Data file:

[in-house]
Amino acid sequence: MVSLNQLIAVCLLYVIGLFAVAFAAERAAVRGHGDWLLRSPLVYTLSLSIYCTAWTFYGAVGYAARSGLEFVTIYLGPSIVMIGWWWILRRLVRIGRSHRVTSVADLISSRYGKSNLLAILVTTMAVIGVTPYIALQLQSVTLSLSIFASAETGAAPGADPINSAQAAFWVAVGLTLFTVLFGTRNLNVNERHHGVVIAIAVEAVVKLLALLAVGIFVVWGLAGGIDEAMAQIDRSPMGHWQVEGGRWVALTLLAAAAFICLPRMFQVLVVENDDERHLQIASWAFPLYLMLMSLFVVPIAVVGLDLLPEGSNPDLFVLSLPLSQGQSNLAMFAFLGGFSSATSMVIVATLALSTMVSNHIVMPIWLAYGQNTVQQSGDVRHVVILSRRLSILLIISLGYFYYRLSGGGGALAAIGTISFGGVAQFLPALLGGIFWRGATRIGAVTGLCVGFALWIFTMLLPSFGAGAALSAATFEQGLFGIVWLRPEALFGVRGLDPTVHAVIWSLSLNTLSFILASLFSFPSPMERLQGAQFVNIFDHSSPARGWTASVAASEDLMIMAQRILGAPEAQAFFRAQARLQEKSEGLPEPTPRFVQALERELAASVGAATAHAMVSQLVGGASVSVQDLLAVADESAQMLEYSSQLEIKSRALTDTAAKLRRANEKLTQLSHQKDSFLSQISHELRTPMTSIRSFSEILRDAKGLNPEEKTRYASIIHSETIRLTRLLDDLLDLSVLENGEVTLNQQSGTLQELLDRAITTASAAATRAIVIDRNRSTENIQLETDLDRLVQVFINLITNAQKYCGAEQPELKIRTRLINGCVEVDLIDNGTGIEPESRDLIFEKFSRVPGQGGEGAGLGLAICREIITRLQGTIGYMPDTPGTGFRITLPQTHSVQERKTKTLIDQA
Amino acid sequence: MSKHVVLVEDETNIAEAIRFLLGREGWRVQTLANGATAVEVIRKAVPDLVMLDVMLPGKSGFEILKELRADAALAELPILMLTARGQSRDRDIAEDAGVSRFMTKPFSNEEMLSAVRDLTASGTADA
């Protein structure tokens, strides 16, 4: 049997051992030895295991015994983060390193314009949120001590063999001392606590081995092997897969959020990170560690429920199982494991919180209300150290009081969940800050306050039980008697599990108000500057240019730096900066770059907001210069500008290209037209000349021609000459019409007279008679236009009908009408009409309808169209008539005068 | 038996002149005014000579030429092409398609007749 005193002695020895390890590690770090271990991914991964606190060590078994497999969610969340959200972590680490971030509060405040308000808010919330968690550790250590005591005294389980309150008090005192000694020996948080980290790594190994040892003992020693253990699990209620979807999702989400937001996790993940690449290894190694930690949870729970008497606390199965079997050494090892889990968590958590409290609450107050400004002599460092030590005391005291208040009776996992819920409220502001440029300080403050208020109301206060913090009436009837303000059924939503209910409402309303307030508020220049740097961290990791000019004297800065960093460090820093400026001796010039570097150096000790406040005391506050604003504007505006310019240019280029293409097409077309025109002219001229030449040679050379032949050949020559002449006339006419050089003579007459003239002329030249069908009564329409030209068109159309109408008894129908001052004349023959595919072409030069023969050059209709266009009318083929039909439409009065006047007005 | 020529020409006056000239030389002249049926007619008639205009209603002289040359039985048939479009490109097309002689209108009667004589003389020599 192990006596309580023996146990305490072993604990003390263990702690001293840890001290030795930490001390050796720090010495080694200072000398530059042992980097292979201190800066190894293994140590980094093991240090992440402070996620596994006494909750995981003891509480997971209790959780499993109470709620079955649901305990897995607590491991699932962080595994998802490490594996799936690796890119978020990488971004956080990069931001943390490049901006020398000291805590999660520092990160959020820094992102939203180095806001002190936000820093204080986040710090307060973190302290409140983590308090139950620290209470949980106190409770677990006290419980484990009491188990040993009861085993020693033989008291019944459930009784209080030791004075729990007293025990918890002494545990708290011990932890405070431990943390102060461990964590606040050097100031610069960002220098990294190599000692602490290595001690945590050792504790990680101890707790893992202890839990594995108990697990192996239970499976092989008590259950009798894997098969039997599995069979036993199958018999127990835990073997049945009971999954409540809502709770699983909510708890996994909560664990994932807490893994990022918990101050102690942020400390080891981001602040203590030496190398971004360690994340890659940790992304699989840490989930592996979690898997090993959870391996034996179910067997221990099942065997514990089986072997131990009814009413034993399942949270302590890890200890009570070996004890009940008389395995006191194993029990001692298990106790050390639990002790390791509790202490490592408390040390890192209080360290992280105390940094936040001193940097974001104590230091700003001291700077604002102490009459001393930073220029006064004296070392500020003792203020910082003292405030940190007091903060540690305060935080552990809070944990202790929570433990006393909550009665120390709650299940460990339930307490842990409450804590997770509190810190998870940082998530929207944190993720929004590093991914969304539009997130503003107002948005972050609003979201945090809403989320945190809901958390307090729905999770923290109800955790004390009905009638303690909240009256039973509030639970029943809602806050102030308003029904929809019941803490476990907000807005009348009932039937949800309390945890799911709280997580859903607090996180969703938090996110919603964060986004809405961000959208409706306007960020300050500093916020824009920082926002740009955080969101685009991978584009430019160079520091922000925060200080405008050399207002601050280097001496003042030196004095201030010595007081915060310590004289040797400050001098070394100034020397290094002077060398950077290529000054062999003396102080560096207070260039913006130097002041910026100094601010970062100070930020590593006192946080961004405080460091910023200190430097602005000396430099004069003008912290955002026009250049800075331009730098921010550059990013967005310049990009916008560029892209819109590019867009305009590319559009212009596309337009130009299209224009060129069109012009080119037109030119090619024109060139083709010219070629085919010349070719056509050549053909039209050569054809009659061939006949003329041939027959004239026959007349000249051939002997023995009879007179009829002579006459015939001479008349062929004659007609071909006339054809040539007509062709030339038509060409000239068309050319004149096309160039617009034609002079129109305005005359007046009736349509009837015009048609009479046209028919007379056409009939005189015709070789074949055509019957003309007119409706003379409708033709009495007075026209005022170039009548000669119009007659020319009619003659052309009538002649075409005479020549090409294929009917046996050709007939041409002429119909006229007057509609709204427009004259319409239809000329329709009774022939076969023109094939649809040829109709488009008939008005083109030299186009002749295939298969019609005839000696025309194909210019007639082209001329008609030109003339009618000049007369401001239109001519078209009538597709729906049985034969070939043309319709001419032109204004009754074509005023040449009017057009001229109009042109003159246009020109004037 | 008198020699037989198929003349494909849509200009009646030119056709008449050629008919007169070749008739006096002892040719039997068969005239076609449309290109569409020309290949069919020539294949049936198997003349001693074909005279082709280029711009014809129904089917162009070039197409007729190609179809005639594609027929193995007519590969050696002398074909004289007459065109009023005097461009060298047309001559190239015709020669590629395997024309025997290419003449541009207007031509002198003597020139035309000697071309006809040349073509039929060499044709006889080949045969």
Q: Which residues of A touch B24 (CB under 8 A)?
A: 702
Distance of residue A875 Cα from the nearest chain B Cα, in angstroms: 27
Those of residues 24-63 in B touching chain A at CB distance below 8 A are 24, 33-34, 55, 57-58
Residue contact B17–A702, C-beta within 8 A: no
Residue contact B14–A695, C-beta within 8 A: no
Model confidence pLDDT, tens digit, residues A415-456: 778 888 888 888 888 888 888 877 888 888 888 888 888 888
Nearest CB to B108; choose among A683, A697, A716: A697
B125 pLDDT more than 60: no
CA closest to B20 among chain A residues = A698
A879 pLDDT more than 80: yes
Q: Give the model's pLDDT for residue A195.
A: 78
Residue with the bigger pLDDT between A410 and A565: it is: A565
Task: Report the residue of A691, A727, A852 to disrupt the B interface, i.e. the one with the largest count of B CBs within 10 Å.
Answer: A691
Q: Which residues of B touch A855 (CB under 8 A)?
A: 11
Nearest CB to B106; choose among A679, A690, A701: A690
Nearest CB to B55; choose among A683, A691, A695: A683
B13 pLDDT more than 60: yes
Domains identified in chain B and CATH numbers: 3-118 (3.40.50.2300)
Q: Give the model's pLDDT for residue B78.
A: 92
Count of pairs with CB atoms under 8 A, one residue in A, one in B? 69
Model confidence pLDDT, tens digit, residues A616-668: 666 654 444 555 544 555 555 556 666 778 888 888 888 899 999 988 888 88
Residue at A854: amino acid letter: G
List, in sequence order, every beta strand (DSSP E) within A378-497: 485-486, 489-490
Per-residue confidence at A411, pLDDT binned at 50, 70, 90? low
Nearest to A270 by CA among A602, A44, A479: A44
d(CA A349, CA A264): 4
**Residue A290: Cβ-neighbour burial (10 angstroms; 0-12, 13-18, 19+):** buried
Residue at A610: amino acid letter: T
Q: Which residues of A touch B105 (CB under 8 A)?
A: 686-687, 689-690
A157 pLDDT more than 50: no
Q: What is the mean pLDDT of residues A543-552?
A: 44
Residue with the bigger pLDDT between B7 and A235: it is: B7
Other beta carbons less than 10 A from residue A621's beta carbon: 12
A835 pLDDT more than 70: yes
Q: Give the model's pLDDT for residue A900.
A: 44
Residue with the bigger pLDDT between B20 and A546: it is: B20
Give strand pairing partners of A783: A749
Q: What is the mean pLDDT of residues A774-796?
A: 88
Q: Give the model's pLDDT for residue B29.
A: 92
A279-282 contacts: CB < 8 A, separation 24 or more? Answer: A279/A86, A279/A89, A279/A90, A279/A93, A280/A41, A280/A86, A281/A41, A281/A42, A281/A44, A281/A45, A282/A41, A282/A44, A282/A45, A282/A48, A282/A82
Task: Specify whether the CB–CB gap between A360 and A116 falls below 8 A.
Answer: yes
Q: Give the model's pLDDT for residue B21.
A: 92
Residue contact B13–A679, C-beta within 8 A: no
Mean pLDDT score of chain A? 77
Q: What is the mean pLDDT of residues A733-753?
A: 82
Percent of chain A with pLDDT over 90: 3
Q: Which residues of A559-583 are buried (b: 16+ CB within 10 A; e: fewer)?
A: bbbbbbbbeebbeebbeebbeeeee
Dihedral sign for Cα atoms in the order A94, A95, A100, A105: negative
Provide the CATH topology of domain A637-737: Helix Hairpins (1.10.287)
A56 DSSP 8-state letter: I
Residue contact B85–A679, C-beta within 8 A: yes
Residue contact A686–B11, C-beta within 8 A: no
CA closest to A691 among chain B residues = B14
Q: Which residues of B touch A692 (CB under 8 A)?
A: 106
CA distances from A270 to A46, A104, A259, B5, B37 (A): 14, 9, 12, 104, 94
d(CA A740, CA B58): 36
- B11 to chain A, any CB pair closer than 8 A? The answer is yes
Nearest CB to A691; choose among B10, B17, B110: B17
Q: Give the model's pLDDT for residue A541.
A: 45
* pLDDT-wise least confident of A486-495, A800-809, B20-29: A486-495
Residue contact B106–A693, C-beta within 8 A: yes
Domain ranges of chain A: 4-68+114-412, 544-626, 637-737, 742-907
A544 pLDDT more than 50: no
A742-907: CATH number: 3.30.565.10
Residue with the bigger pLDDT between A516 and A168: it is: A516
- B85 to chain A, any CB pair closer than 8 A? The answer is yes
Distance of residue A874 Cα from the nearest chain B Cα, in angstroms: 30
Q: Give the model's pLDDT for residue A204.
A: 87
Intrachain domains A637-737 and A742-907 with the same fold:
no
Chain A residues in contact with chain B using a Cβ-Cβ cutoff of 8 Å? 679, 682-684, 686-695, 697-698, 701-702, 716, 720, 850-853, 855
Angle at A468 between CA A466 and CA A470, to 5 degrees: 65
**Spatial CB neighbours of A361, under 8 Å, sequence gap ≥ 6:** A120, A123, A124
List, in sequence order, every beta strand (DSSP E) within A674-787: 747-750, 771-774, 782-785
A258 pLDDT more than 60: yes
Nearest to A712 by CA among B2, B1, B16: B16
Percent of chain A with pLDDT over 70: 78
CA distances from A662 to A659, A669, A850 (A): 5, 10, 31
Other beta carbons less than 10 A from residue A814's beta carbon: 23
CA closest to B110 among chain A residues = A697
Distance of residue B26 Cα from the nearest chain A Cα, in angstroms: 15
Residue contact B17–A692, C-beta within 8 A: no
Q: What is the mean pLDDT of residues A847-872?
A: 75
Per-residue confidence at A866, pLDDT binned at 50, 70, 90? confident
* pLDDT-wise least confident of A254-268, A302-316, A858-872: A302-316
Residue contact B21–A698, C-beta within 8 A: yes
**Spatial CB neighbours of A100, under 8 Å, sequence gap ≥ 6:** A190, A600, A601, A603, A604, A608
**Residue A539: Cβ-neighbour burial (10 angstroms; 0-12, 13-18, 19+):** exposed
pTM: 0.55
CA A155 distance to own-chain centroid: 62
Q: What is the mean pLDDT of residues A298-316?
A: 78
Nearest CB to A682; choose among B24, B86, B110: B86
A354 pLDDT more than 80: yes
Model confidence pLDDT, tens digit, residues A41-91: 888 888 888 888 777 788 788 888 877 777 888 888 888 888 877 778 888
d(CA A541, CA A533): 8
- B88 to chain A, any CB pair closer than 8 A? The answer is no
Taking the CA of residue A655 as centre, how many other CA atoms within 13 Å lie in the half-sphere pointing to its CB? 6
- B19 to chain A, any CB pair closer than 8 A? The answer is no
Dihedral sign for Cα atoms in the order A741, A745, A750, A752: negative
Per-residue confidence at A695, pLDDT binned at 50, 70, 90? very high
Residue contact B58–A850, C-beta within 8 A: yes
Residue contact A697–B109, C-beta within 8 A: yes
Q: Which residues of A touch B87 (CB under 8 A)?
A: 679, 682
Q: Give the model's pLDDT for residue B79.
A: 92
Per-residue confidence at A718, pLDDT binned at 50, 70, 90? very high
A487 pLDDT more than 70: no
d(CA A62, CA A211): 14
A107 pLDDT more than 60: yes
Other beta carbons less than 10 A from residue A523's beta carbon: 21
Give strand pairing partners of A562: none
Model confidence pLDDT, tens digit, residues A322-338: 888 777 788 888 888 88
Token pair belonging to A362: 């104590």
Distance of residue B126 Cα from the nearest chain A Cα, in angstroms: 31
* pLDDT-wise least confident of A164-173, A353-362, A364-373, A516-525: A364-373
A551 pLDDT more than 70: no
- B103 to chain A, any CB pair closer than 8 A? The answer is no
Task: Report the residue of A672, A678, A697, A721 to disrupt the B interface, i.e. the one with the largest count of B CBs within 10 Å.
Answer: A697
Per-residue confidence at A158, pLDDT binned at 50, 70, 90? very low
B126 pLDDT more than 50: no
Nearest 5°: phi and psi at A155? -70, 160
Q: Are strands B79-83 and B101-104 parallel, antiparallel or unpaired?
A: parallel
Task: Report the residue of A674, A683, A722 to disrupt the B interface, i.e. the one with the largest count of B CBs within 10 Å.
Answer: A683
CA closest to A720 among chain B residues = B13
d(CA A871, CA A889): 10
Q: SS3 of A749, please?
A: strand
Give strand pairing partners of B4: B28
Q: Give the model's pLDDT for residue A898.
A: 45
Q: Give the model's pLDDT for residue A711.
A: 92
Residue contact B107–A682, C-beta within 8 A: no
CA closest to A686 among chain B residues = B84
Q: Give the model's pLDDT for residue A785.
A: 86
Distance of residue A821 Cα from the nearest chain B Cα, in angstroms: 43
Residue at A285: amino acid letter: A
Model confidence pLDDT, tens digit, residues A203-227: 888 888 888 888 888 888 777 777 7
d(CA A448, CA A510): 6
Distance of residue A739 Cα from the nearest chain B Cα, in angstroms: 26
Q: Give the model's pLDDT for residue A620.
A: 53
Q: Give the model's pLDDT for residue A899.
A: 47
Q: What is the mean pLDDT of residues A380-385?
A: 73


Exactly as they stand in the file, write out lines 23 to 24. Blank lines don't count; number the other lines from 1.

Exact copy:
Nearest CB to B106; choose among A679, A690, A701: A690
Nearest CB to B55; choose among A683, A691, A695: A683